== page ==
Light is both a particle and a wave. Why? Because physics says so.
Light acts both as an electromagnetic wave, and as particles called photons. For a long time, scientists thought light was just a wave, but experiments involving the photoelectric effect (this is what Einstein won his Nobel Prize for!) established that light acts like a particle too. In fact, wave-particle duality theorizes that waves sometimes act like particles and particles sometimes act like waves. We could call it an atomic example of a bipolar disorder, but that may take it too far.
After all, light is basically the only way we can truly explore the universe, since the distances are far too great for us to traverse. Assuming we could travel at the speed of light, it would take nearly a decade for a space probe to reach the nearest star and transmit information back to Earth, and it would take 50 000 years to travel to the nearest galaxy and transmit information back. Heck, human civilization hasn’t been around for 50 000 years, and it’s debatable whether we’ll survive the next one thousand without blowing ourselves up. But we can’t travel at anything close to the speed of light — the highest speed achieved by the Helios II solar probe, the fastest man-made object ever, is only a tiny fraction of the speed of light (about .00023 c) — so it would take many, many times longer.
Would it surprise you to know that astronomers use time travel on a regular basis? The distances involved in astronomy can be so astronomically huge that it takes light a very significant amount of time to reach us. So we see distant stars as they appeared thousands of years ago; they could have gone supernova in the meantime and we wouldn’t know until the light from the supernova reaches us. The most distant galaxies we can observe are seen as they would appear billions of years ago, nearly at the beginning of the universe. That’s right, light is a time machine.
It’s not just visible light, though. There’s radio waves, microwaves, infrared, ultraviolet, x-rays, and gamma rays, oh my! But all these forms of radiation, along with our boring old visible light, are just part of the electromagnetic spectrum — all the fancy names are because scientists didn’t realize they were just naming different versions of the same thing.
And then there’s matter, which is stuff. You know, matter, made up of protons, neutrons, electrons, weird bosons (possibly of the Higgs variety)… It’s also mostly empty space, since atoms are basically a tiny speck of a nucleus and a whole lot of nothingness with a couple electrons zooming around in it. Yes, that means if you punch a brick wall, you are punching mostly empty space. We shouldn’t have to tell you this, but don’t try that at home. Please.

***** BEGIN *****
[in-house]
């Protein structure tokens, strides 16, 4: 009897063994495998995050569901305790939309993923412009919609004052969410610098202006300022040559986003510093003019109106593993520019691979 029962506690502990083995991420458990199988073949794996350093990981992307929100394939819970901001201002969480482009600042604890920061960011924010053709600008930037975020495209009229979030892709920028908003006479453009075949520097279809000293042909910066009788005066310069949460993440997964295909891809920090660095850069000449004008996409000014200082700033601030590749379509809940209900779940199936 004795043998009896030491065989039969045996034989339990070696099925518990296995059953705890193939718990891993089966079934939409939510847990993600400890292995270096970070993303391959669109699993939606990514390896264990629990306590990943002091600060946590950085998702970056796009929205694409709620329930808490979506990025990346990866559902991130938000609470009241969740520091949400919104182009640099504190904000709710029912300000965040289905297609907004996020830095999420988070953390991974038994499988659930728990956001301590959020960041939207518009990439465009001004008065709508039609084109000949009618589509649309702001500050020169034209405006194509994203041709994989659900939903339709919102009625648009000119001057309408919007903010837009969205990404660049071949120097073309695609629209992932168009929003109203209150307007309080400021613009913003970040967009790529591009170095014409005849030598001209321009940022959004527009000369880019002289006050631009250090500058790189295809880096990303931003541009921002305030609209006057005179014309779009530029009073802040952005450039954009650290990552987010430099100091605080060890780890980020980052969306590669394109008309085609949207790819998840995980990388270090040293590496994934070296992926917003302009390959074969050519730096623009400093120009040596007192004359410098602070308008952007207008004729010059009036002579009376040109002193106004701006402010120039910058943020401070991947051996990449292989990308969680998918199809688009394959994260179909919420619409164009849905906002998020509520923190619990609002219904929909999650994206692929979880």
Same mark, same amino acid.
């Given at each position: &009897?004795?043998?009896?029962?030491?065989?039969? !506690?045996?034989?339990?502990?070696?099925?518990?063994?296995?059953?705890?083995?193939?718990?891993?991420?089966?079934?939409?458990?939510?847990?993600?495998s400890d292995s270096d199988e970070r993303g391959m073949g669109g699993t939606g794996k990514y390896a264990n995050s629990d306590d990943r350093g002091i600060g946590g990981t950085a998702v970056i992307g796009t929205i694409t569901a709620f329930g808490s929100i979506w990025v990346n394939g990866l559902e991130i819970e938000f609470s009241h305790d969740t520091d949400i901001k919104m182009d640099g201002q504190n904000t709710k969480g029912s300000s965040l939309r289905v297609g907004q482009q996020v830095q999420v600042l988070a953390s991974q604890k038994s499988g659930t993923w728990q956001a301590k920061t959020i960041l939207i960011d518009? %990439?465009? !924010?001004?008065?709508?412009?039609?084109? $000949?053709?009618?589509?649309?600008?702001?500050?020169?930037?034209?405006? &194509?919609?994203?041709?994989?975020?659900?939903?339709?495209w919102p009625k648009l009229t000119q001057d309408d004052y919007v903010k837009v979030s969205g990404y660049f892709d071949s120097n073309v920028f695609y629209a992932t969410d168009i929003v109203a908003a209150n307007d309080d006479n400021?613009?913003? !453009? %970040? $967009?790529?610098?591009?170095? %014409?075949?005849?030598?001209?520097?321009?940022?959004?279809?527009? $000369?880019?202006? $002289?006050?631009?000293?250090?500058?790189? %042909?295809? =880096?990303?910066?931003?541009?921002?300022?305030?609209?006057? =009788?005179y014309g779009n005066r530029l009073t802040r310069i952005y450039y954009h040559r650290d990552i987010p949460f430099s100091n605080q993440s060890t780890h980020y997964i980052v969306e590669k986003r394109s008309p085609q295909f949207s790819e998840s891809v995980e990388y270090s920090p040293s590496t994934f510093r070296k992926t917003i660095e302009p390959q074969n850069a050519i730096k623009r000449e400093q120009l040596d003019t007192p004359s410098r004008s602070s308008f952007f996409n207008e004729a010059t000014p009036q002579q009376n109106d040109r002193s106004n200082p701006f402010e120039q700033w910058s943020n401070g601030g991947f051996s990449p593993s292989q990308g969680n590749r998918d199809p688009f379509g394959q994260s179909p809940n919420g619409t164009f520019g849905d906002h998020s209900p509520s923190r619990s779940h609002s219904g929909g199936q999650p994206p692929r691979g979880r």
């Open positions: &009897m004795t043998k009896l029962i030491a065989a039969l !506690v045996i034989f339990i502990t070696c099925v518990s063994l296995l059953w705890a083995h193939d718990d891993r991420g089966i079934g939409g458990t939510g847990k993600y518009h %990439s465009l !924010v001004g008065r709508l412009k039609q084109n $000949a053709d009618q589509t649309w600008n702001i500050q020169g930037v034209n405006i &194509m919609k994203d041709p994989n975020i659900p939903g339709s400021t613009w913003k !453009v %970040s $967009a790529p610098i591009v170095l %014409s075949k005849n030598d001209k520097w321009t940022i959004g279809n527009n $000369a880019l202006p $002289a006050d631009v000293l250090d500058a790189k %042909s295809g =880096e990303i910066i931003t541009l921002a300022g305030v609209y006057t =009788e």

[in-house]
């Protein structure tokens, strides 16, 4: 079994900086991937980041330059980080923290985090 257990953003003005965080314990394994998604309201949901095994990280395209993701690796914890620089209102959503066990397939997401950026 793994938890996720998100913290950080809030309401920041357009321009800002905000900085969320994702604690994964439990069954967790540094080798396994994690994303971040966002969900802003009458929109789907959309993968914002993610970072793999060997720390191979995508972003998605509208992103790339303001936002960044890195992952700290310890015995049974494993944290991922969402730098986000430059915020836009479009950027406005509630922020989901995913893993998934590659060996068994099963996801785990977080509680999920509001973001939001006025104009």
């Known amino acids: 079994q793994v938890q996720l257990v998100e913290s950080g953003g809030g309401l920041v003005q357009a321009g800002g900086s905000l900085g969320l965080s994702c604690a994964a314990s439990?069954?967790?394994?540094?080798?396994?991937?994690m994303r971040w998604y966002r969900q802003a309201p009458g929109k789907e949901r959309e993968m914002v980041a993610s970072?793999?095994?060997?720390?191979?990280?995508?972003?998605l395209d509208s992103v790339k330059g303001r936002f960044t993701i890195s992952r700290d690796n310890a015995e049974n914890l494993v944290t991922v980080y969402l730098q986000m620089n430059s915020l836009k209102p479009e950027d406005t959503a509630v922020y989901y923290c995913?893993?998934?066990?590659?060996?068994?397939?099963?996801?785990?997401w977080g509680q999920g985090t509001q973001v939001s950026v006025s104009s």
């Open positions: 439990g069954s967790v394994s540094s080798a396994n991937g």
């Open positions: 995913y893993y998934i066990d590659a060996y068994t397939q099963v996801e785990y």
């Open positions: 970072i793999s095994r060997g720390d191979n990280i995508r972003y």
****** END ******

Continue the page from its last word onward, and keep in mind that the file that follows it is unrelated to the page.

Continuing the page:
Matter can be converted into energy with perhaps the most famous physics equation of all time, E = mc^2, which is derived from Einstein’s Theory of General Relativity. Unfortunately, neither of the two astronomy geeks who write this blog understand relativity well enough to explain how exactly one would derive the equation. Suffice it to say that E = mc^2 works, and it is very relevant to stars, which release massive amounts of energy as they smash together nuclei and fuse elements into heavier elements.
Everyone knows that there are three states of matter — solid, liquid, and gas. Well, not exactly. Under the extreme conditions out there in the universe, matter can exist in all sorts of strange states, such as plasma or degenerate matter. Plasma is basically ionized gas, where electrons have been added or stripped away, turning regular atoms/molecules into ions. Degenerate matter is where plasma has been crammed into such a tiny space that it refuses to be compressed any further because all the “available” energy states fill up (Pauli Exclusion Principle). These two unusual states of matter are especially relevant to astronomy because stars are made of plasma, and white dwarfs and neutron stars are made of degenerate matter.
But that’s just boring old regular matter. There’s also antimatter, and dark matter.
Antimatter is really just the opposite of matter. Regular matter is made of protons and electrons, while antimatter is made of antiprotons and antielectrons; regular subatomic particles are made of quarks, while antimatter subatomic particles are made of, you guessed it, antiquarks. A word of advice: if you ever meet your antimatter counterpart, do not high-five each other, as both you and anti-you will be annihilated in a blast of energy and leave behind nothing but a giant crater. (Being science geeks, the two of us have since been distracted by trying to figure out how big said crater would be…)
As for dark matter, we only know it exists because it has effects on regular matter, particularly on the galactic scale. We have absolutely no idea what the heck it is, but we wonder, is dark matter a very MACHO type of matter or is it just a WIMP? Yes, these are actual candidates for dark matter. MACHO stands for MAssive Compact Halo Object, and WIMP for Weakly Interacting Massive Particle — if you can’t tell, astronomers like to have fun with acronyms.
I do hope this post, shall we say, “shed a little light on the matter”.
TL;DR — Astronomers use light, as well as other non-visible forms of electromagnetic radiation, to explore the universe. It even allows us to look back in time! Many interesting objects in astronomy are made of exotic states of matter, or perhaps not even made of ordinary matter.